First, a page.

Wednesday 5 January 2011

Natty nm-applet improvements

As those running Natty have undoubtedly noticed (and it has been noted on the Ayatana mailing list), we currently have a stop-gap measure (until we get connman and indicator-network magic!) for an indicator for network connections being nm-applet with a big ugly patch to make it work as an indicator.

In light of the discussion I'm referring to above, as well as a number of bugs that have been reported against network-manager-applet, I've been working on fixing these issues, including making the animations work again, re-adding icons for wireless signal strength and fixing the icons when connected to VPNs.

Most of this was coming from the fact that icons could not be dynamically composited by nm-applet when using libappindicator as it used to be doing. However, it's just about ready to all be live again:

All I'm waiting for is review of a merge request to provide the new icons needed. :)

Now, there is still a number of things that need to be fixed in the indicator patch and in the look and feel of nm-applet as an indicator. While this is still meant to remain a bridge until we can switch to connman and indicator-network, I'm looking forward to getting new ideas and to know about the issues you see in nm-applet's look right now. Jump in on the ayatana list and give us your thoughts!


Nyall said...

I'm interested to hear the reasons behind the switch to connmann. From my experience with meego, connman is missing lots of the functionality present in network manager (no bluetooth tethering, 3g, ad-hoc networks or enterprise wireless security support). It seems there's a lot of work required before connman has the same extensive support already present in network manager. Is there somewhere I can read about ubuntu's plans for the switch?

Matt Trudel said...

There's a couple of things to consider.

For starters, connman isn't going to be the default for natty, which already gives it a few more months to add new features that we may be considering to be critical.

ConnMan has a thriving community behind it, and Kalle Valo is doing a great job at fixing things, adding in new features and generally making the indicator-network rock. It's already quite usable, despite whatever may be missing.

I think ConnMan developers are very much aware of what's missing, it's just a matter of time and priorities, but things are getting added very fast (just check the release notices on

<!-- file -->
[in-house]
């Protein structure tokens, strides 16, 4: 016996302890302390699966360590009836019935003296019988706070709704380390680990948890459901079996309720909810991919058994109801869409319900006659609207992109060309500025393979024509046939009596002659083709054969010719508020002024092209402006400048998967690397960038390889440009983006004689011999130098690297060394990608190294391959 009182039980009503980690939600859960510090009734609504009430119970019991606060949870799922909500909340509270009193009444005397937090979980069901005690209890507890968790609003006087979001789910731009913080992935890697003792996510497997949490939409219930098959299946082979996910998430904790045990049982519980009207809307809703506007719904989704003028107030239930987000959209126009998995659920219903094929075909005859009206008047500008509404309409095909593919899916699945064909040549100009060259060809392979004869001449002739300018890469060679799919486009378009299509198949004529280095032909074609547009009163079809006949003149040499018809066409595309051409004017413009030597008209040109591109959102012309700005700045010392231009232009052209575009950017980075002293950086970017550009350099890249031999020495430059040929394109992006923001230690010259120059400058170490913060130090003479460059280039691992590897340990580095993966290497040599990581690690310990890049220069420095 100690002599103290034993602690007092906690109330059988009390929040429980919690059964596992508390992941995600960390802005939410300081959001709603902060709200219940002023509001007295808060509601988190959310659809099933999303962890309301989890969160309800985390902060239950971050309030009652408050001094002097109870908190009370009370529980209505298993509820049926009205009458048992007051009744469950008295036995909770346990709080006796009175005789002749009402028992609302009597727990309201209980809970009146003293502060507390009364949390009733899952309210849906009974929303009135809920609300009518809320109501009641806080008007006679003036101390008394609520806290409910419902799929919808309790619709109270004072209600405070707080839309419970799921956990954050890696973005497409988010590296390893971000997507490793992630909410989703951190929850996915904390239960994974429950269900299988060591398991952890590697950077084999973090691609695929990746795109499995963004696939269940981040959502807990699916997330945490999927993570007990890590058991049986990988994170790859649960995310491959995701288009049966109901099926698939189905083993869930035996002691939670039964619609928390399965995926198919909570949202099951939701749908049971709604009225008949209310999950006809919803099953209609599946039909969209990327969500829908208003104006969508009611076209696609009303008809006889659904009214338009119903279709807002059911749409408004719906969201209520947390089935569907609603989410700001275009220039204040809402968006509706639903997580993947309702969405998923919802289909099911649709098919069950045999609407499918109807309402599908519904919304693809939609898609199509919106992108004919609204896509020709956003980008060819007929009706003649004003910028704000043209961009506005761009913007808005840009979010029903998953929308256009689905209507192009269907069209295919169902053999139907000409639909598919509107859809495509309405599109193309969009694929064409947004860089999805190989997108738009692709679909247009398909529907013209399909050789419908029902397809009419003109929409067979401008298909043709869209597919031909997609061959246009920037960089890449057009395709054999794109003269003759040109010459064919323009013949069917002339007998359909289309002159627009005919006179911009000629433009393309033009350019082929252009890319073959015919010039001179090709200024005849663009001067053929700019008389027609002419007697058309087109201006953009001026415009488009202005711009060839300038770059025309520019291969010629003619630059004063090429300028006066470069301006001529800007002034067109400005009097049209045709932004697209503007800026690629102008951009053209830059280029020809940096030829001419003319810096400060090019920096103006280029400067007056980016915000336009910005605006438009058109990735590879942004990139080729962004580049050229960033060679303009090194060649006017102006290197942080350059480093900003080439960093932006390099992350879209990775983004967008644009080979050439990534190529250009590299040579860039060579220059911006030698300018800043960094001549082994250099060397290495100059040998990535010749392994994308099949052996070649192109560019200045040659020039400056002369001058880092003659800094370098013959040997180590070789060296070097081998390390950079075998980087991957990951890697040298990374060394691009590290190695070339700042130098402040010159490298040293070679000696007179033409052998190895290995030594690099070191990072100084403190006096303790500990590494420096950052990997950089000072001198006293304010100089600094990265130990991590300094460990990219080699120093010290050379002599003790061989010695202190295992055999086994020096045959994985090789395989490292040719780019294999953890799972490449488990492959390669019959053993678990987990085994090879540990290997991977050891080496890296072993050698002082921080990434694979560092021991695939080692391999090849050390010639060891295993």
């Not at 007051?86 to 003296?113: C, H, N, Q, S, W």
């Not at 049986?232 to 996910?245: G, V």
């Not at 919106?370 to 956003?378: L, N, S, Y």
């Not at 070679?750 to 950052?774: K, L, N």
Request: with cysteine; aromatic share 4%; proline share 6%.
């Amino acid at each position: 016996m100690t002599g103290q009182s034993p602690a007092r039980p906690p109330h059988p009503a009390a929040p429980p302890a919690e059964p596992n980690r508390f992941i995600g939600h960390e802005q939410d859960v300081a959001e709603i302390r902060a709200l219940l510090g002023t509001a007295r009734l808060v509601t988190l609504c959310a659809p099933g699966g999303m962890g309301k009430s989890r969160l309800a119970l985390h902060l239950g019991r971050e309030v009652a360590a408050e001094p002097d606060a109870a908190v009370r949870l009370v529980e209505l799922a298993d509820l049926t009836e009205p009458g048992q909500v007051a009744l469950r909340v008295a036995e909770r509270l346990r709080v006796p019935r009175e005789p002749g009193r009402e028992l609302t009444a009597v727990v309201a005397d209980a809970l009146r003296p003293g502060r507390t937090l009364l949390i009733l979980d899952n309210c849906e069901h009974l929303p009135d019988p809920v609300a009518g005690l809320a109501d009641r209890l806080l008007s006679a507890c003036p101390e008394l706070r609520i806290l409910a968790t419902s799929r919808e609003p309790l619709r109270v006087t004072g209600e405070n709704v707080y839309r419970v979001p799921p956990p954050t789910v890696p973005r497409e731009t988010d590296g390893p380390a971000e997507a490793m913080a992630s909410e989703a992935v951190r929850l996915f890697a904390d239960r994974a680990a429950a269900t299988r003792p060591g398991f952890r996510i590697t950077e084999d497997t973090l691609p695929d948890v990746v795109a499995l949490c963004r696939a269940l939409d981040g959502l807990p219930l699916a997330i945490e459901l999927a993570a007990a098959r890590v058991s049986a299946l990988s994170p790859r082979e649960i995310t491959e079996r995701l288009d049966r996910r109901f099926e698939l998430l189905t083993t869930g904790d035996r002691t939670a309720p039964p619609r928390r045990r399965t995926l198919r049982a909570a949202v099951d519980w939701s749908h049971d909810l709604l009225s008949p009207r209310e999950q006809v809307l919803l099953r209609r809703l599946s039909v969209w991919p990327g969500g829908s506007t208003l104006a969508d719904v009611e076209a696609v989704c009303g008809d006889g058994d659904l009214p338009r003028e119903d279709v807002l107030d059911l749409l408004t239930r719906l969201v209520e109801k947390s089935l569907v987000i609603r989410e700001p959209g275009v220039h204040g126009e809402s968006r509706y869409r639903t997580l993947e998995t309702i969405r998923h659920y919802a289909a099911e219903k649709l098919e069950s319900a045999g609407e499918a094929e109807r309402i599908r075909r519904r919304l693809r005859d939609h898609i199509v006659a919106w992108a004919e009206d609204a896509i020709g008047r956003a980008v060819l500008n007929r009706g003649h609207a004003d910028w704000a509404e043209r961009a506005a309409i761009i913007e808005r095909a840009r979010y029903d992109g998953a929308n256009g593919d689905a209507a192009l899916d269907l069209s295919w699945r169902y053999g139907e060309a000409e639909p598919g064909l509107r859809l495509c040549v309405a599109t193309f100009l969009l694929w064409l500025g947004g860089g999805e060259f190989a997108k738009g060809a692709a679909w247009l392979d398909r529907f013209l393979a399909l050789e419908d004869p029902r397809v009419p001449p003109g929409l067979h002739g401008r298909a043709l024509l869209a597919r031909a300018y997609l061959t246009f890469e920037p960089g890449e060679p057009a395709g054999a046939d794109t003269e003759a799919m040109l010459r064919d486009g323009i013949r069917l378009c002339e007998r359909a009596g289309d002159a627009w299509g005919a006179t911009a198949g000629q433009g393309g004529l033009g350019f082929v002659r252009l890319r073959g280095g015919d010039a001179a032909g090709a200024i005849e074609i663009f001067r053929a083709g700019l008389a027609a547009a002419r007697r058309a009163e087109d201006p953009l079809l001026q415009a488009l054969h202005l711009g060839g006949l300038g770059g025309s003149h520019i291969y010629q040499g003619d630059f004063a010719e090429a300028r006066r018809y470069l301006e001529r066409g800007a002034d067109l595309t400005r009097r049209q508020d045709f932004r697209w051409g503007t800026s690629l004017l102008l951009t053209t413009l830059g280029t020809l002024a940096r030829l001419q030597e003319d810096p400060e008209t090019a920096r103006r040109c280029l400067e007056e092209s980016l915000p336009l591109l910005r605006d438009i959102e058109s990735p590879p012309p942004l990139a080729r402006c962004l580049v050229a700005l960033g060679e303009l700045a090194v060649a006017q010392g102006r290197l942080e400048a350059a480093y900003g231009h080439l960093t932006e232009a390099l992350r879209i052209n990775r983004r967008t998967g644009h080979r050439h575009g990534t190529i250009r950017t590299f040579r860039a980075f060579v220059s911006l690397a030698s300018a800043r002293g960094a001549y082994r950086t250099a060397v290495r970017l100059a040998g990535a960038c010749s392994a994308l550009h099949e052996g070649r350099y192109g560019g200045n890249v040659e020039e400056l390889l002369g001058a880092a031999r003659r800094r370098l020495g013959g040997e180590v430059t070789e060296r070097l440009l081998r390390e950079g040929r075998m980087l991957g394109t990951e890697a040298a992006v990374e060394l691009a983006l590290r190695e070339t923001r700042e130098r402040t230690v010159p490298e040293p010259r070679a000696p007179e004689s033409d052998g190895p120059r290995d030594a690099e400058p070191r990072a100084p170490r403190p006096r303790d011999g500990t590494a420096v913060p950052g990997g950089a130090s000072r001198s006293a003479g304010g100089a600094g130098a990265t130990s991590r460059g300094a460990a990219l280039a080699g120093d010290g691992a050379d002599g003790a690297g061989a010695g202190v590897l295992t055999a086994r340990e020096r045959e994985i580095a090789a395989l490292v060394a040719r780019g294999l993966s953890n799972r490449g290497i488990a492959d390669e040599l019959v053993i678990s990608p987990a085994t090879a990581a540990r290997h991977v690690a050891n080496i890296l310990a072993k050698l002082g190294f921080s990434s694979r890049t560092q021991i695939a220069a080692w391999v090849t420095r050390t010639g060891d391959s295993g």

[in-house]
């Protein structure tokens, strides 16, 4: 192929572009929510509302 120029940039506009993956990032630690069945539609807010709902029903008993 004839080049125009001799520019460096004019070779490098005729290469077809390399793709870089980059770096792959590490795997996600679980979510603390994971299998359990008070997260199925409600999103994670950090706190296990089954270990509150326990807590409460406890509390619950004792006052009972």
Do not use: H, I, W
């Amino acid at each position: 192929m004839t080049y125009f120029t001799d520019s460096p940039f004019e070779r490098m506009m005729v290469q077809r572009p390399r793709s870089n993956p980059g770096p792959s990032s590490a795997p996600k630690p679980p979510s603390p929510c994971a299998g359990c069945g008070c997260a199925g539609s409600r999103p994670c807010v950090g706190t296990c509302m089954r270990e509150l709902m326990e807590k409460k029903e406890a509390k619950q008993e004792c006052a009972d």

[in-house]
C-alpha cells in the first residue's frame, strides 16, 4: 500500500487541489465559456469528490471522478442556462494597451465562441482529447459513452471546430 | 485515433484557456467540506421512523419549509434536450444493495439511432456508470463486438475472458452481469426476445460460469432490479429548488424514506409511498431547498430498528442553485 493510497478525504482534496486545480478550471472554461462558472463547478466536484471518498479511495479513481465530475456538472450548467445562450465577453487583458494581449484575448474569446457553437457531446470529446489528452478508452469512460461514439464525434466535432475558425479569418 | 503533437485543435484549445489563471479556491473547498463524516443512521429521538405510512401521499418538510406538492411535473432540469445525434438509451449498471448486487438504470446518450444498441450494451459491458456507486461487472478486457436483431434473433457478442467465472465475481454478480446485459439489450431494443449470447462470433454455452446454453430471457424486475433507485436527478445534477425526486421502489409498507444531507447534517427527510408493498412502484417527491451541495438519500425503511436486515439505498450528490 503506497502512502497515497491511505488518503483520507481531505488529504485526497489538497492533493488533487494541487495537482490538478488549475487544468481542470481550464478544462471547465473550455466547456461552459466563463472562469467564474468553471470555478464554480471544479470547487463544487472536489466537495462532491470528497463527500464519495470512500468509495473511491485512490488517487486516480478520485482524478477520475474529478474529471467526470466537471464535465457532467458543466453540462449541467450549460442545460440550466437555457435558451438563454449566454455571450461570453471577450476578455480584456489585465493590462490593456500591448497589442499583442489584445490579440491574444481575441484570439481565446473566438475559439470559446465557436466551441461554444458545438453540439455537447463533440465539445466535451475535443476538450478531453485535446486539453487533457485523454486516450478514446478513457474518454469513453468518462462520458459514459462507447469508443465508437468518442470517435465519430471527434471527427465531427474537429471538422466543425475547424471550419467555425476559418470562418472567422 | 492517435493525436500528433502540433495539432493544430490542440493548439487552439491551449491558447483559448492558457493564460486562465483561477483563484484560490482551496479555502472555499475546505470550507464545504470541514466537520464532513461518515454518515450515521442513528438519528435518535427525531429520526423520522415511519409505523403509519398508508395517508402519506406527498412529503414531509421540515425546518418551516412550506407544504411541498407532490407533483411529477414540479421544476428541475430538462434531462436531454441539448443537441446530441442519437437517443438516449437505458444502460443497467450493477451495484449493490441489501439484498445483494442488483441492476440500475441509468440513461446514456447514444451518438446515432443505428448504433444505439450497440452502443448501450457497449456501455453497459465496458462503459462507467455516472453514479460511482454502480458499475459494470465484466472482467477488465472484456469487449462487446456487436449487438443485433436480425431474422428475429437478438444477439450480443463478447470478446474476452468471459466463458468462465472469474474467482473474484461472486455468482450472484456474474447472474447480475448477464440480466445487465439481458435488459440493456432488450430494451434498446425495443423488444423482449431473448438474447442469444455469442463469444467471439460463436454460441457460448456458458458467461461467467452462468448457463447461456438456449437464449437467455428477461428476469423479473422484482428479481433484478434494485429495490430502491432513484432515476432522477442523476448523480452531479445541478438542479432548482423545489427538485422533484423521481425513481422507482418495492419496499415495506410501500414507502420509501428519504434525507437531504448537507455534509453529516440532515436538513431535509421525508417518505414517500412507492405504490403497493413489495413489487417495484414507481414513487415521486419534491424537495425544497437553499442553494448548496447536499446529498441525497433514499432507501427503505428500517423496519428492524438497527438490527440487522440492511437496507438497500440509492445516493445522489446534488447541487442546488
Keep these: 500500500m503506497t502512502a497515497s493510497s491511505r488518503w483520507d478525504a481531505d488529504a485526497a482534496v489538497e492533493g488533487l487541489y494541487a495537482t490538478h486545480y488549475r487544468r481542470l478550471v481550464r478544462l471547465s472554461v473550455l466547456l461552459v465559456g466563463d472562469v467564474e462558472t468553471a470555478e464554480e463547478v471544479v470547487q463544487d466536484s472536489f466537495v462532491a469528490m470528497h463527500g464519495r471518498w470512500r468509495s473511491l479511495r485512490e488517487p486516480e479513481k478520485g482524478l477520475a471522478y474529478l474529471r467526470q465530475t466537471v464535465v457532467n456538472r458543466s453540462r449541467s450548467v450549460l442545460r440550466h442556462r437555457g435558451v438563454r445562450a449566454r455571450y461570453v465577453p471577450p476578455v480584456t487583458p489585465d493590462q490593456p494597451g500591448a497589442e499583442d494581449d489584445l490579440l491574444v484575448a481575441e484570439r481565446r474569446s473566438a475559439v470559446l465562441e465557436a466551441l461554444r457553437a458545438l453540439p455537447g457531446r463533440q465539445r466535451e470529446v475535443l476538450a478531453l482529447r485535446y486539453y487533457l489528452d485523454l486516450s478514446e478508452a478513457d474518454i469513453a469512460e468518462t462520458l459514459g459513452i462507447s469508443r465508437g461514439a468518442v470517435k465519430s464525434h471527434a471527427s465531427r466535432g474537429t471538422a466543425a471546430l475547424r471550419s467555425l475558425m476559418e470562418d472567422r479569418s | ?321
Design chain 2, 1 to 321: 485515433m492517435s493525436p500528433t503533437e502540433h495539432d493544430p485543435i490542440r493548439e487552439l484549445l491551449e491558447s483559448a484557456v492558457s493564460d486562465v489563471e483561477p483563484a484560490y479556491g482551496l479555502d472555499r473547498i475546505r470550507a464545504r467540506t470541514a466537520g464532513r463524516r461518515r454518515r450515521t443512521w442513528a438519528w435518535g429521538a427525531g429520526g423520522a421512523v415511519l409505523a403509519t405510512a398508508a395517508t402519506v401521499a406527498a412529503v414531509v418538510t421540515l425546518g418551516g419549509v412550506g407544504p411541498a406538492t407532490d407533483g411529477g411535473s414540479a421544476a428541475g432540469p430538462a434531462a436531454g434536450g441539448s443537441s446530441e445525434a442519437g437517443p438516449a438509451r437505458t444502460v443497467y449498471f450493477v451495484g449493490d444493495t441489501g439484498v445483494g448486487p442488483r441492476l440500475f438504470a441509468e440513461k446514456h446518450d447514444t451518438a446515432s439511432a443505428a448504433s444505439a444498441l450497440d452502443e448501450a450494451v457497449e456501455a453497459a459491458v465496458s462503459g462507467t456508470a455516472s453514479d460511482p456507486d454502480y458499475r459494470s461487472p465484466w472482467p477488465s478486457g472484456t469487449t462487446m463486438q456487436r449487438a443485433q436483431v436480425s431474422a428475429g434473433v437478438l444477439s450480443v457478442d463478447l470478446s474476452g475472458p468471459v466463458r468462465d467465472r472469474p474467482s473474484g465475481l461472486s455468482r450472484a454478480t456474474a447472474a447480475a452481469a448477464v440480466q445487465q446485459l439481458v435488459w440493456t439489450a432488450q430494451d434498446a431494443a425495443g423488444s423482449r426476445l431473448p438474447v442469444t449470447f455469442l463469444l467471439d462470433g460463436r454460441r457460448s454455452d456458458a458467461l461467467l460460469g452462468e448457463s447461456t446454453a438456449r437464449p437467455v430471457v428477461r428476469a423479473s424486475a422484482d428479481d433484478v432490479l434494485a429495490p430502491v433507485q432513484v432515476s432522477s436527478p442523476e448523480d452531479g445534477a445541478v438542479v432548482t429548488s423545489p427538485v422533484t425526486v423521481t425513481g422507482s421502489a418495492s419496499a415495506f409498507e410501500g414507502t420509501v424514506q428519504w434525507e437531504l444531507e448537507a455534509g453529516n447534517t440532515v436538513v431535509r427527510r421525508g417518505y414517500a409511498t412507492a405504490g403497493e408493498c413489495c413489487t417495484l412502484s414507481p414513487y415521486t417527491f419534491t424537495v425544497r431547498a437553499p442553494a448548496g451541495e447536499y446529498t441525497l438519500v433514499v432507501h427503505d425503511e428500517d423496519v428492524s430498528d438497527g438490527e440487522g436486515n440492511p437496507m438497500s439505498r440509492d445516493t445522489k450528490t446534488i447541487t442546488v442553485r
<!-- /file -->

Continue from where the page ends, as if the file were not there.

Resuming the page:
As for plans, what you usually want to look at are blueprints coming out of UDS. At this point, we're still aiming to switch to ConnMan and indicator-network, but post-Natty. There'd usually also discussion related to such changes on the ubuntu-devel mailing list prior to UDS. I believe Mark has covered the subject a number of times in interviews as well (sorry, I don't have links).

Another resource for you is which is a great starting point to try out indicator-network and know about the global idea of using ConnMan.

Finally, Mark and David Barth have made excellent responses on a similar question on Askubuntu:

I wish I could point you to better links, but I can't for now.

I'm very much aware of the missing features but we also need to keep in mind that without more exposure to users, ConnMan won't improve, though we don't want to to have the Ubuntu experience regress in features that are frequently used. NetworkManager will still be installable after the initial setup for those with further needs that ConnMan can't deal with.

I'm probably not using such a great example, but do you use adhoc networks often? What about bluetooth tethering? In my case at least, the only adhoc network I see is the useless Free Public Wifi (there is an open bug for nm-applet to hide it) and bluetooth tethering would drain my cell battery too fast, it would just be simpler to use a USB cable. This is all very subjective, but I think you get my point. ;)

I think enterprise wireless and VPNs are probably the most important of the features missing (or partially implemented) in ConnMan, but it's just a matter of time, and my guess on what's most used.

Nyall said...

Thanks for the links and in-depth reply. It looks like at least one of the items on my list (tethering) is being addressed in recent releases, so that's a relief!

All my experiences with connman relate to trying to connect a netbook running meego to the internet while at uni. I was unable to connect to the uni-provided wifi, since connman had no support for the PAP authentication required. I couldn't tether my phone via bluetooth (my normal connection for when my phone has a decent charge), or connect my phone via usb to act as a 3g modem (my backup when my phone is nearly flat) -- both of these methods work fine under ubuntu 10.10. My final attempt was running software to create a wifi network from my phone, but again, couldn't connect from meego because it wouldn't support ad-hoc networks.

Fortunately this was only happening under meego (which i was just playing around with for fun), but if I'd hit the same obstacles while using my standard Ubuntu installation I'd be totally stuck.

Anyway, I'm sure it'll all pan out fine - I've got faith in canonical's vision of the desktop :)

Matt Trudel said...

Rock on. Good point, I forgot about using adhoc wifi from phones in lieu of sharing Internet access ;)

clavicymbel said...

The menu is too long and really confusing.

Matt Trudel said...


Please, respond to the thread I started on ayatana. It's doing to be much easier to discuss such things there than on a blog post.